Nearly a year ago, CREW and Public Employees for Environmental Responsibility sued the EPA in the face of mounting evidence that the agency and former Administrator Scott Pruitt were brazenly ignoring their statutory obligations to create and preserve records. CREW’s suit rested on the novel, never-before-tested legal theory that not only did the Federal Records Act (FRA) dictate whether and how EPA could destroy records, but it also required EPA and its employees to affirmatively create records of their actions and decisions. A recent decision in the case confirms the need for agencies to create and keep records — a win for transparency and accountability that should affect reforms far beyond EPA.
Public reporting made clear that Pruitt, with the help of senior advisers, set up a system that deliberately skirted these recordkeeping obligations; in the words of District Court Judge James E. Boasberg who heard the case, “[t]hese stories painted a picture of a leader obsessed with secrecy who issued an array of directives aimed at ensuring that his actions left little paper trail.” Those directives included sealing off the floor on which Pruitt and his political staff had their offices from career staff; directing staff not to create records about substantive rule changes; and avoiding the use of email so that no written record of Pruitt’s statements existed. As CREW’s complaint alleged, these actions amounted to a “policy or practice’ of failing to create records.”
CREW’s suit also challenged EPA’s failure to update its recordkeeping guidance to ensure that the public would never again be barred from knowing what agency officials were doing and why. As a result of our challenge, EPA was forced to issue a new policy that expressly requires all EPA employees to create records of substantive decisions and commitments reached orally, a policy Judge Boasberg characterized as “respond[ing] to some of the shortcomings pointed out by this suit.”
This lawsuit resulted in two distinct and important wins for CREW and for accountability. First, CREW prevailed on its theory that agencies have an affirmative duty to create records. In EPA’s case this meant Pruitt and his top advisors could no longer operate in total secrecy. This theory has applications well beyond the EPA. Currently CREW is suing the Department of Homeland Security (DHS) for its failure to create records of migrant families separated at the border under President Trump’s zero tolerance policy. The consequences of this recordkeeping failure are tragic and immense: DHS has been unable to reunite all separated children from their parents or guardians because it does not have full records of those accompanying the children and other family members, a problem that continues to this day.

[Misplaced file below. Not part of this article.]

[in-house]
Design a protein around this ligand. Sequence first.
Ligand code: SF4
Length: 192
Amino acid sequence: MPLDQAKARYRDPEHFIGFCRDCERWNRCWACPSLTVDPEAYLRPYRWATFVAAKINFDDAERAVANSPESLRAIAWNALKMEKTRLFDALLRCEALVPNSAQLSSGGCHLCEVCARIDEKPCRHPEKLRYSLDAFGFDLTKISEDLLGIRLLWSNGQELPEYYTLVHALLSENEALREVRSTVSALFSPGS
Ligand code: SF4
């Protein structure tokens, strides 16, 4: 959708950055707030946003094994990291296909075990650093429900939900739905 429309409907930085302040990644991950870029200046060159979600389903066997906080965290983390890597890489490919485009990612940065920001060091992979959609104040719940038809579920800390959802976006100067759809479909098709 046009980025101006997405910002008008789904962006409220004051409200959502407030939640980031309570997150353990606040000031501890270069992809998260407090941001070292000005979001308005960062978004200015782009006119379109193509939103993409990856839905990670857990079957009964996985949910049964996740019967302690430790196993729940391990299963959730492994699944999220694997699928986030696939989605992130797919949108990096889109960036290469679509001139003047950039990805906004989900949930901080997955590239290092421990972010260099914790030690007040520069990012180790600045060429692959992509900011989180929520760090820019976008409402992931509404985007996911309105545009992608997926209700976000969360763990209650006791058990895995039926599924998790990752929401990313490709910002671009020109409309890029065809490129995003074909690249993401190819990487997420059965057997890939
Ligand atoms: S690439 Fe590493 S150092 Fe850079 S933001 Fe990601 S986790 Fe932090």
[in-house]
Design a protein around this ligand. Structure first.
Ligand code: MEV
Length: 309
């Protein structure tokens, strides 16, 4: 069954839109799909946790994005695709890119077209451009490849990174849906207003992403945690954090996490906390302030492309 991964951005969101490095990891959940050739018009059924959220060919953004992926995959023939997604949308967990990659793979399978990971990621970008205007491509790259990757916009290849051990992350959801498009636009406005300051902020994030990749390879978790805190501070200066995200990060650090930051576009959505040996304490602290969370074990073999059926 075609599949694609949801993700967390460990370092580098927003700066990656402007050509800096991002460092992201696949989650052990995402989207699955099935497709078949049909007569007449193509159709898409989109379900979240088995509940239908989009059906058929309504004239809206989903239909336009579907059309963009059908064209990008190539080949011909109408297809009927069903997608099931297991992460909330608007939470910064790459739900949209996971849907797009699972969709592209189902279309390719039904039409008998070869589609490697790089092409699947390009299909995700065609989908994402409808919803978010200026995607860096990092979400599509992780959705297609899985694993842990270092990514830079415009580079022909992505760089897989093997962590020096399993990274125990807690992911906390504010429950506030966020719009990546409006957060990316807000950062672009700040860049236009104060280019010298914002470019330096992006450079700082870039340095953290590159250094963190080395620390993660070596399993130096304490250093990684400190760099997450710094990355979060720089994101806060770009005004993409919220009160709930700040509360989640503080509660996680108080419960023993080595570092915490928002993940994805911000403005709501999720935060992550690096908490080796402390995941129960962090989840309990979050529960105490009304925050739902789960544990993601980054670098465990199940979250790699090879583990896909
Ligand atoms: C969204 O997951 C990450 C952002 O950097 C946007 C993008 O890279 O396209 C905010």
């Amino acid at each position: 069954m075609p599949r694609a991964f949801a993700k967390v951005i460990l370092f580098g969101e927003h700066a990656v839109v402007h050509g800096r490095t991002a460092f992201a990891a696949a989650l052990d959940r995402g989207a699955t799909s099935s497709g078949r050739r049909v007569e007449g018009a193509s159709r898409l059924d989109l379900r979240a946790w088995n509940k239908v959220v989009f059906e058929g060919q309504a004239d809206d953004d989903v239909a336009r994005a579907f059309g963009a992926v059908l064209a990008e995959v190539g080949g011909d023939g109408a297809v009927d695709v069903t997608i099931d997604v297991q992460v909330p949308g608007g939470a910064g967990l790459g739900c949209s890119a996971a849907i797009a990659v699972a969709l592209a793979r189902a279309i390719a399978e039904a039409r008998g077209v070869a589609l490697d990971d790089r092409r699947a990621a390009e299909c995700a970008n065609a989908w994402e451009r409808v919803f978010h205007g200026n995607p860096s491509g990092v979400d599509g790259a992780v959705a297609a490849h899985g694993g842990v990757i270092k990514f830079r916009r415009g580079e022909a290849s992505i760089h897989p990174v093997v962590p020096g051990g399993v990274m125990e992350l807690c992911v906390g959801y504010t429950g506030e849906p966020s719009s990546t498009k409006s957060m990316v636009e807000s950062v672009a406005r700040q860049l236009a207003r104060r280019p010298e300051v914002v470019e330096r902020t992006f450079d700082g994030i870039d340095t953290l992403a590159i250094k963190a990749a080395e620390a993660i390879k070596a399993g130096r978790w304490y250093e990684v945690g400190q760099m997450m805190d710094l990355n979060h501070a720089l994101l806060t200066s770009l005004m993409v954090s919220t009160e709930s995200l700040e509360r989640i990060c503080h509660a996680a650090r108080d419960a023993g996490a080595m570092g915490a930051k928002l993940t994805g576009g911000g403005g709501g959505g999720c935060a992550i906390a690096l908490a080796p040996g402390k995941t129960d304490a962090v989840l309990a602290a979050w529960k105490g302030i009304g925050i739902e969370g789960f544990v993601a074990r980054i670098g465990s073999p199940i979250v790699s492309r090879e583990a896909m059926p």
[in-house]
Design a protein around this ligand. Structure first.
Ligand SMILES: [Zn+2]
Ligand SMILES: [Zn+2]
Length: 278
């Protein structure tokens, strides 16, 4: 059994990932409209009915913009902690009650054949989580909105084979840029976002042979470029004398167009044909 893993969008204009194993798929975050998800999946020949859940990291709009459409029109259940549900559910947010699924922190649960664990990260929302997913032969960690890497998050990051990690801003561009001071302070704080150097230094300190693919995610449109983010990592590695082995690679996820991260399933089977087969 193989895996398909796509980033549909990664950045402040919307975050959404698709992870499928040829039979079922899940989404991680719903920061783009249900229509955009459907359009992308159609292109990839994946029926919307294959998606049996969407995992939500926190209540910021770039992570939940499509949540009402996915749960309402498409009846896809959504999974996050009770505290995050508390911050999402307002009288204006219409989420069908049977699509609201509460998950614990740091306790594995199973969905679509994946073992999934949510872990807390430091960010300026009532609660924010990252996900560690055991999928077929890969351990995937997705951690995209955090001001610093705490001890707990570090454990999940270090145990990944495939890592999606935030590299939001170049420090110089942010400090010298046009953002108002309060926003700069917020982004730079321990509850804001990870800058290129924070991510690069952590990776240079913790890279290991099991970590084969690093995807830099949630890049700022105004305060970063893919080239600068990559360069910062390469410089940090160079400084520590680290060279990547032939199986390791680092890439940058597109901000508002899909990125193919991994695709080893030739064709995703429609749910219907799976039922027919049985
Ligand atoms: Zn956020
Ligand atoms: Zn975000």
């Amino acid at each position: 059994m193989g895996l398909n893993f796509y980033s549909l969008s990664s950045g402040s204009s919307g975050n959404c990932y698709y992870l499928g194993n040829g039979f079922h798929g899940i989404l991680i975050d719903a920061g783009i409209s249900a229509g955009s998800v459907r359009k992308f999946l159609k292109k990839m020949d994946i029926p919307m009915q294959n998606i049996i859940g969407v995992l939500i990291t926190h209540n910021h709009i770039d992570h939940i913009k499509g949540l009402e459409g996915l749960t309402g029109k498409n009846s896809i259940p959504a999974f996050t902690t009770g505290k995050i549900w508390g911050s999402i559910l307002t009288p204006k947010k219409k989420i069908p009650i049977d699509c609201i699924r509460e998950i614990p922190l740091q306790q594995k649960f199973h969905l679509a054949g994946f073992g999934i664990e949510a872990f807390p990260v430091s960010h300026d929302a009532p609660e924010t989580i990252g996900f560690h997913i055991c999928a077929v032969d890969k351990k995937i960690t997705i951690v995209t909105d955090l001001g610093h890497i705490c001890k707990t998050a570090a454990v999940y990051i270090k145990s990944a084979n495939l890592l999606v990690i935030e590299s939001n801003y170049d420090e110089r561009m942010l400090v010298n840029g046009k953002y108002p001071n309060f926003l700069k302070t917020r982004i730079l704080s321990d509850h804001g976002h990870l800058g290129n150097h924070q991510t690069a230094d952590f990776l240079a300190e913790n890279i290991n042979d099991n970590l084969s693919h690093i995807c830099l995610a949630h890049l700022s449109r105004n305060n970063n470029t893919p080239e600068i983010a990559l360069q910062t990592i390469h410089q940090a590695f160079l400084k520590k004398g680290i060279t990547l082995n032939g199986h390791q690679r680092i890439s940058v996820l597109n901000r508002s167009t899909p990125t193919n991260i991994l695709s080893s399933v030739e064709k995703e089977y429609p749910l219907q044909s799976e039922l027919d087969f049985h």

Second, as a result of CREW’s lawsuit EPA was forced to fix its noncompliant recordkeeping policy. EPA officials are now on notice: create records of your actions and decisions or risk consequences for violating agency regulations.
To be sure, CREW did not get the full relief it sought. In a January 10, 2019 opinion, Judge Boasberg interpreted CREW’s complaint as claiming that all of EPA’s recordkeeping problems were “inextricably tied to Pruitt’s tenure at the Agency.” According to Judge Boasberg, because “that tenure has come to an end, so has the vitality of [CREW’s] claim.”
We have heard that recordkeeping problems persist at EPA under Acting Administrator Andrew Wheeler. If evidence of those problems comes to light, Judge Boasberg has recognized that nothing in his most recent decision granting EPA’s motion to dismiss bars us from bringing another lawsuit based on new facts. If you have evidence of recordkeeping violations at EPA under Wheeler’s watch, we want to hear from you. In the meantime, we will be keeping a close eye on EPA and its leadership to ensure they comply with their recordkeeping obligations.